May is a beautiful time of the year. Temperatures are still bearable. . .for now anyway! Although temperatures are bearable, the UV index is already in the high range. What that means for you, is being more aware of keeping your skin protected on a daily basis.
Loving the outdoors and enjoying the sunshine is healthy. We all need vitamin D and being outdoors is the best form of vitamin D we can get. Even though we need that daily dose of vitamin D we have to be smart about the length of time we spend outside and the sun protection we use.
The last thing anyone wants to hear from their dermatologist is, “you have skin cancer”.
There are 3 kinds of skin cancer: Basal cell, Squamous Cell and Cutaneous Melanoma. Skin melanoma is a rare but aggressive cancer.
According to the Cancer Foundation, there are 76,000 new diagnoses per year in the United States. Cutaneous melanoma is not the most prevalent but it is the most aggressive. Unlike basal cell and squamous cell carcinomas, melanoma often spreads widely to other parts of the body.
While it represents just 4% of skin cancers, melanoma accounts for about 80% of skin cancer-related deaths. That’s 9,000 people each year—or one person per hour.” Decision Dx
Besides being exposed to intense ultra violet radiation from the sun and tanning beds, people can have a genetic predisposition to melanoma. Melanoma originates in a skin cell called melanocytes which helps produce the pigments in our skin, hair and eyes.
Lighter complexions are more at risk for skin melanoma because they are least protected against UV radiation. Those people with a family history of melanoma, a weakened immune system or use tanning beds are also at an increased risk. Melanoma is the fastest growing cancer in men and the second fastest growing cancer in women.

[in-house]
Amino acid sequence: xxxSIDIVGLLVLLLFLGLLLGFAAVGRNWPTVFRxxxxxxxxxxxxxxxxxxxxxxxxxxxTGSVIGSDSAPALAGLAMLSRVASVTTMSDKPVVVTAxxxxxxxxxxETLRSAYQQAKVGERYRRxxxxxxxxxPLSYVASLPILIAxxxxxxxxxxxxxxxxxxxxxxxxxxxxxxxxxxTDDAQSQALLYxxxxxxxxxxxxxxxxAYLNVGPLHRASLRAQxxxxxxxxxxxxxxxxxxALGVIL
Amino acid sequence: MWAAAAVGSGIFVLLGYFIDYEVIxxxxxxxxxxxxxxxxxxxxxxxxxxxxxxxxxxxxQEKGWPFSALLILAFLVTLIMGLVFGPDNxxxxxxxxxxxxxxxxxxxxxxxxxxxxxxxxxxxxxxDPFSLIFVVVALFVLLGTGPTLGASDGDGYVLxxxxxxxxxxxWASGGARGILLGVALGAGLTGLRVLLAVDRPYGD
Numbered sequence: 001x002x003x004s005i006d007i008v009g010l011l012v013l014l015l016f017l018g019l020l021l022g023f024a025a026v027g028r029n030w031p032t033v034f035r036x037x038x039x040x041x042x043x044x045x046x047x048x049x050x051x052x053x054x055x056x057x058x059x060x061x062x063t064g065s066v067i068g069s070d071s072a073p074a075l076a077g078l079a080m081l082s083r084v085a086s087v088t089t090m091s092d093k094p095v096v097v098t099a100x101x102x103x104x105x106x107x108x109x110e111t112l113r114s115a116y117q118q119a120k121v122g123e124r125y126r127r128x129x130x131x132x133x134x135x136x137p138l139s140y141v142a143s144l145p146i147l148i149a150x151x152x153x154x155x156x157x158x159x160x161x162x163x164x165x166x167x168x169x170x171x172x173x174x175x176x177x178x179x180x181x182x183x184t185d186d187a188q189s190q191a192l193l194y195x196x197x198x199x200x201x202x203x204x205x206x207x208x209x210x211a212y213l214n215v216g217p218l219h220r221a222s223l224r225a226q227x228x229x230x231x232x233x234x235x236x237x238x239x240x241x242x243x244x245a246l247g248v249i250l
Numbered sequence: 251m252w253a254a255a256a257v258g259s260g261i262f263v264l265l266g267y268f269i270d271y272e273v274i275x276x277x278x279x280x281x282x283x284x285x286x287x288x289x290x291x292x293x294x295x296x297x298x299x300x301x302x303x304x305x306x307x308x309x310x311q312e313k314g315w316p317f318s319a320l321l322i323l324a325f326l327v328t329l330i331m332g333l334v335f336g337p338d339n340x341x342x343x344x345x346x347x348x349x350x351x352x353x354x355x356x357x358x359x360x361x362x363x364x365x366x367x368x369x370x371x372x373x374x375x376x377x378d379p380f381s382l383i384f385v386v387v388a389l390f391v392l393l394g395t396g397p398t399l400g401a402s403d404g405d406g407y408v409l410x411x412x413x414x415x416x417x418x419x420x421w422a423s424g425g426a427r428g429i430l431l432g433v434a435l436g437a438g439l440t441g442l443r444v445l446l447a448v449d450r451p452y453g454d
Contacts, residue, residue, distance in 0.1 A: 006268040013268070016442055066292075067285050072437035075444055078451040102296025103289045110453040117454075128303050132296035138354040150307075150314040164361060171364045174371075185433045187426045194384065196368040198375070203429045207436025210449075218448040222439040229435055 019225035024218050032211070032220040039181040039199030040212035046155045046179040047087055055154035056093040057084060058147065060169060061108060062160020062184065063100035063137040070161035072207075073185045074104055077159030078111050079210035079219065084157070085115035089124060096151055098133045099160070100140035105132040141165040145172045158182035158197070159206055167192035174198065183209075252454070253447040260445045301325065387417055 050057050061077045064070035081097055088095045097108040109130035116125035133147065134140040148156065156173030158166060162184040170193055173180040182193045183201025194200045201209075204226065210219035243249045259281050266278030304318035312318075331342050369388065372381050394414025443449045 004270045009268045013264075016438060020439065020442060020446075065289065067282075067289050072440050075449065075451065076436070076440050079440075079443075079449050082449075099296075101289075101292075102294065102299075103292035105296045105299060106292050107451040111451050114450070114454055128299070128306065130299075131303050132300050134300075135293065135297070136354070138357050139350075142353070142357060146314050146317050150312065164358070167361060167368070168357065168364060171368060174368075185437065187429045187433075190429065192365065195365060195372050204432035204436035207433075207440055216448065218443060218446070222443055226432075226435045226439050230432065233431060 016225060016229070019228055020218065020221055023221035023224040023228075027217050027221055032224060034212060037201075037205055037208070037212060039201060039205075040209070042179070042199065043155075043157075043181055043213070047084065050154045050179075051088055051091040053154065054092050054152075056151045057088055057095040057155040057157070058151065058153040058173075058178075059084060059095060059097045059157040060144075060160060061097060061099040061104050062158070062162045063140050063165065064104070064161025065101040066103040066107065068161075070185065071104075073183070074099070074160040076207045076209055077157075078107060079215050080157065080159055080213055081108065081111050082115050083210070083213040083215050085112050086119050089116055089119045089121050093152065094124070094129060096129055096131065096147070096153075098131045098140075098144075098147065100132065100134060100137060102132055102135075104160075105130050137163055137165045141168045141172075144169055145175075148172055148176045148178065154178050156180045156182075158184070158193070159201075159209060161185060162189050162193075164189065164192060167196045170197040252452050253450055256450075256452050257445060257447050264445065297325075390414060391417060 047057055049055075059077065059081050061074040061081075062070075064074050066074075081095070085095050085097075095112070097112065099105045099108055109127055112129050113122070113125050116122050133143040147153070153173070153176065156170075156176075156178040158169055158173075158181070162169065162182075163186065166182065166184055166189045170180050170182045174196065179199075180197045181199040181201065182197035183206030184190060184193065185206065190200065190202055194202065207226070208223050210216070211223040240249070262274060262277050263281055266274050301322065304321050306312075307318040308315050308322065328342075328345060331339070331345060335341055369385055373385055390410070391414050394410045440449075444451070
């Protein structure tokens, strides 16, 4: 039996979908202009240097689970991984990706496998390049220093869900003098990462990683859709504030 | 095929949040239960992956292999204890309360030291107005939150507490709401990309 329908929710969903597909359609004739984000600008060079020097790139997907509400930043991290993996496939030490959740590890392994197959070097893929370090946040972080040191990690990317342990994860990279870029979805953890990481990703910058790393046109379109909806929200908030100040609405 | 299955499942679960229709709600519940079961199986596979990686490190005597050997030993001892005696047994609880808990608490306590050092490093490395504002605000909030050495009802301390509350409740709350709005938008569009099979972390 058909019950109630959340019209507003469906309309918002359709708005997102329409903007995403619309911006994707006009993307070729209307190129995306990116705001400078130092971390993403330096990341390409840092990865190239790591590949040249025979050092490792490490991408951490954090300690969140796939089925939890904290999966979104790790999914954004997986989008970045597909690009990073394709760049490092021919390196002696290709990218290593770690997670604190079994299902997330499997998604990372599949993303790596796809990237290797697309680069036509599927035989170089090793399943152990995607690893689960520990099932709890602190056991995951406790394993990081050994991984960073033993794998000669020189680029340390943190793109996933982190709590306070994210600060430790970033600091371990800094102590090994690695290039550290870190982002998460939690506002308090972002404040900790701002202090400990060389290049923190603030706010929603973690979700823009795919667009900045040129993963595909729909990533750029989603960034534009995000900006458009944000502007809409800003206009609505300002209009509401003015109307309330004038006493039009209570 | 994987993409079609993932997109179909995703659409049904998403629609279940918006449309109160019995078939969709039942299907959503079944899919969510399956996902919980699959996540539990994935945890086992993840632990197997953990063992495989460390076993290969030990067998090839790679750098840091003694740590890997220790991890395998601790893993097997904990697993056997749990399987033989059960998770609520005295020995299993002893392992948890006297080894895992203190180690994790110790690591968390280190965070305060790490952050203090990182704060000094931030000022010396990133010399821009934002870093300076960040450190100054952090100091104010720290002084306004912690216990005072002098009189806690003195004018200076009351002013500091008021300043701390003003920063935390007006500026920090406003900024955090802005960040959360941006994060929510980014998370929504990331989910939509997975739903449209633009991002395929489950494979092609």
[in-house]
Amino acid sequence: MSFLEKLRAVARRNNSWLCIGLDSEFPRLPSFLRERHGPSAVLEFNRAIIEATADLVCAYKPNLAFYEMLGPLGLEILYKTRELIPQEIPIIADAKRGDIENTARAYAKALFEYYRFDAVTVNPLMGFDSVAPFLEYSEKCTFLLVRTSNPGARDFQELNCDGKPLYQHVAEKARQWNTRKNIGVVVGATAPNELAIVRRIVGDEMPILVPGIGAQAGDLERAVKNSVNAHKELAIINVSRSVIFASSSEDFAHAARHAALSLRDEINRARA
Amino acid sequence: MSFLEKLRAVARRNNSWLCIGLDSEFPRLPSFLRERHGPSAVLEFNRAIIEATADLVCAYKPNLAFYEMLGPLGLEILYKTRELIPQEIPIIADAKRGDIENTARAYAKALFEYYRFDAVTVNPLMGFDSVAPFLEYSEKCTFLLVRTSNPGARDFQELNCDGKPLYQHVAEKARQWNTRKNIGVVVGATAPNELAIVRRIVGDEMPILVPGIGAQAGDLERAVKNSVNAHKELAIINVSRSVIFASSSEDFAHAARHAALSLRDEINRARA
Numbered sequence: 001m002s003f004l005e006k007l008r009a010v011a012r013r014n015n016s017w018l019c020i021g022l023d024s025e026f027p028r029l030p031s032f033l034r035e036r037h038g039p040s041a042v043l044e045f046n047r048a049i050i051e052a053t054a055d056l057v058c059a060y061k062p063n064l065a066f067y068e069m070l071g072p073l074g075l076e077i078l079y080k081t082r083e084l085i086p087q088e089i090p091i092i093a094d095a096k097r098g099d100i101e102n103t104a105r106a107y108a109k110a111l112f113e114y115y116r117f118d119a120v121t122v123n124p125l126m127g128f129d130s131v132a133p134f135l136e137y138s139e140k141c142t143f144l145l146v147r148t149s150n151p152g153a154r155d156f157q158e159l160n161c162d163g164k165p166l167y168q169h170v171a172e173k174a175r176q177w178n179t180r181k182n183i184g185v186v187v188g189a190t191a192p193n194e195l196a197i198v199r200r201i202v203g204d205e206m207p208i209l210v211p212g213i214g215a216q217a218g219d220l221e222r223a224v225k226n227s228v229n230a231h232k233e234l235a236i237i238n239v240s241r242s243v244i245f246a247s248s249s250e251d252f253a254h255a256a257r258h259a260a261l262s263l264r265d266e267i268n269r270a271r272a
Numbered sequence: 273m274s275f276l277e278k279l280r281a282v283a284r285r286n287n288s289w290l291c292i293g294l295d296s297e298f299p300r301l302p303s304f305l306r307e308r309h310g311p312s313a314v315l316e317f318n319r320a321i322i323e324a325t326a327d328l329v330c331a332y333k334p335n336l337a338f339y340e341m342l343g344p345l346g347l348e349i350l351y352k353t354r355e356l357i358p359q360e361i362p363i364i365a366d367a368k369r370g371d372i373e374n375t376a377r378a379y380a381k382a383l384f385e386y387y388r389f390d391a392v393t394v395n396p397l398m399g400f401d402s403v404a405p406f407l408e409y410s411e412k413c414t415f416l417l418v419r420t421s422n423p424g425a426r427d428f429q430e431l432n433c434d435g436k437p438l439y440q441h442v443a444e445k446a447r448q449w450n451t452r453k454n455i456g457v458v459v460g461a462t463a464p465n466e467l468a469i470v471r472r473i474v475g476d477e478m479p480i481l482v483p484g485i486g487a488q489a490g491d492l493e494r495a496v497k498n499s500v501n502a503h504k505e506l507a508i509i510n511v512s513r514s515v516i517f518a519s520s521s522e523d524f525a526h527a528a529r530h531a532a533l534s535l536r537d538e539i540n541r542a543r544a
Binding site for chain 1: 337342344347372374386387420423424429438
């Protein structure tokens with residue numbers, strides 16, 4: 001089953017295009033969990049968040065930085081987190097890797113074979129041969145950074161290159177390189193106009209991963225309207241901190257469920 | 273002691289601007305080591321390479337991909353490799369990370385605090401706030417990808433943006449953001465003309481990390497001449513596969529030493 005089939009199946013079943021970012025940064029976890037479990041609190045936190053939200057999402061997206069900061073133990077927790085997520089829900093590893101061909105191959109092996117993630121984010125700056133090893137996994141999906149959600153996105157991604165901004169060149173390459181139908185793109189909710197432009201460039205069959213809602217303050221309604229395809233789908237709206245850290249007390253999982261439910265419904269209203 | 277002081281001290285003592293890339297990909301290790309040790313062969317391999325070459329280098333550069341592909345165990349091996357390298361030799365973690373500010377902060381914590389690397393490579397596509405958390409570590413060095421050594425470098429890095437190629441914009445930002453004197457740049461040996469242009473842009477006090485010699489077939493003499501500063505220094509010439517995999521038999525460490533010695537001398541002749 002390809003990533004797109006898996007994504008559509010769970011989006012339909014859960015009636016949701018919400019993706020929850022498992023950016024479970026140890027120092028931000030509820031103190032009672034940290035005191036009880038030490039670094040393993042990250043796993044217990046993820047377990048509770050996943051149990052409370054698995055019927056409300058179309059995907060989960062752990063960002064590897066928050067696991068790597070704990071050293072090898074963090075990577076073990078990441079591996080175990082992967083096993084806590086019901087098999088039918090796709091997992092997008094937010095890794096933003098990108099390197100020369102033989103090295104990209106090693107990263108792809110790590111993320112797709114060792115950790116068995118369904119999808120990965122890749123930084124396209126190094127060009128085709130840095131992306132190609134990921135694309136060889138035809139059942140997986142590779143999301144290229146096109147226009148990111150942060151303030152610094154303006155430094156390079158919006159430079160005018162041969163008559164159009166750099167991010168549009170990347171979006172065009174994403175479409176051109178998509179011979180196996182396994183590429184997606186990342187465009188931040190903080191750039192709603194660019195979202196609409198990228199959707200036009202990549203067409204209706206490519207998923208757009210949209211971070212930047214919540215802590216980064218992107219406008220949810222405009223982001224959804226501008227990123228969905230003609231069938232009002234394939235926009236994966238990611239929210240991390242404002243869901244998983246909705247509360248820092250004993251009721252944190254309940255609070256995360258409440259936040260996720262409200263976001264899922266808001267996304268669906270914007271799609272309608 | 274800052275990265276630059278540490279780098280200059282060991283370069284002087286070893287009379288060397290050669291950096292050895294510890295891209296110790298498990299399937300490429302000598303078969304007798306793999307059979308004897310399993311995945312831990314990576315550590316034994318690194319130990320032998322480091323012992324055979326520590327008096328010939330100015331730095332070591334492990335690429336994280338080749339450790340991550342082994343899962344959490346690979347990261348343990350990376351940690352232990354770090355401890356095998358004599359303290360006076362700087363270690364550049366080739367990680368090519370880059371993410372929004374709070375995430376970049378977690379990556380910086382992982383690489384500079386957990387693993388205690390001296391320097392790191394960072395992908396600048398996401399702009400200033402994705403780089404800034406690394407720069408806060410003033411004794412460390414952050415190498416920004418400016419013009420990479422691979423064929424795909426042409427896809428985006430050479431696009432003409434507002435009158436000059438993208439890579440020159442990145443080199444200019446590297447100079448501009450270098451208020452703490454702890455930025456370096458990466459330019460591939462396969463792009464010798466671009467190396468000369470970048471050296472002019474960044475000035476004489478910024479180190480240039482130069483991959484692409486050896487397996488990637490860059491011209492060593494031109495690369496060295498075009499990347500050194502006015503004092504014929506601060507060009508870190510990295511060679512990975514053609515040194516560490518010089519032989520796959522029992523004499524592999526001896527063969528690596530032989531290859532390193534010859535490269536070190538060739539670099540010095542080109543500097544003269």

How do you recognize cutaneous melanoma? Use the ABCDE method.
A – asymmetry, one half of a mole does not match the other half. Normal moles are symmetrical.
B – border, edges of a mole are ragged, blurred or irregular.
C – color, a mole that does not have the same color throughout.
D – diameter, a mole that is larger than the size of a pencil eraser.
E – evolving, a mole that is shrinking, growing larger, changes color, begins to itch or bleed.
A good rule of thumb is to have a yearly skin check with a dermatologist. Skin cancer can show up in many different areas of the body such as the scalp, the bottom of feet, in between toes & fingers, groin area and the back of knees. Having a complete body scan is just being smart. It’s better to hear, “there’s nothing wrong” as opposed to, “you have skin cancer”.
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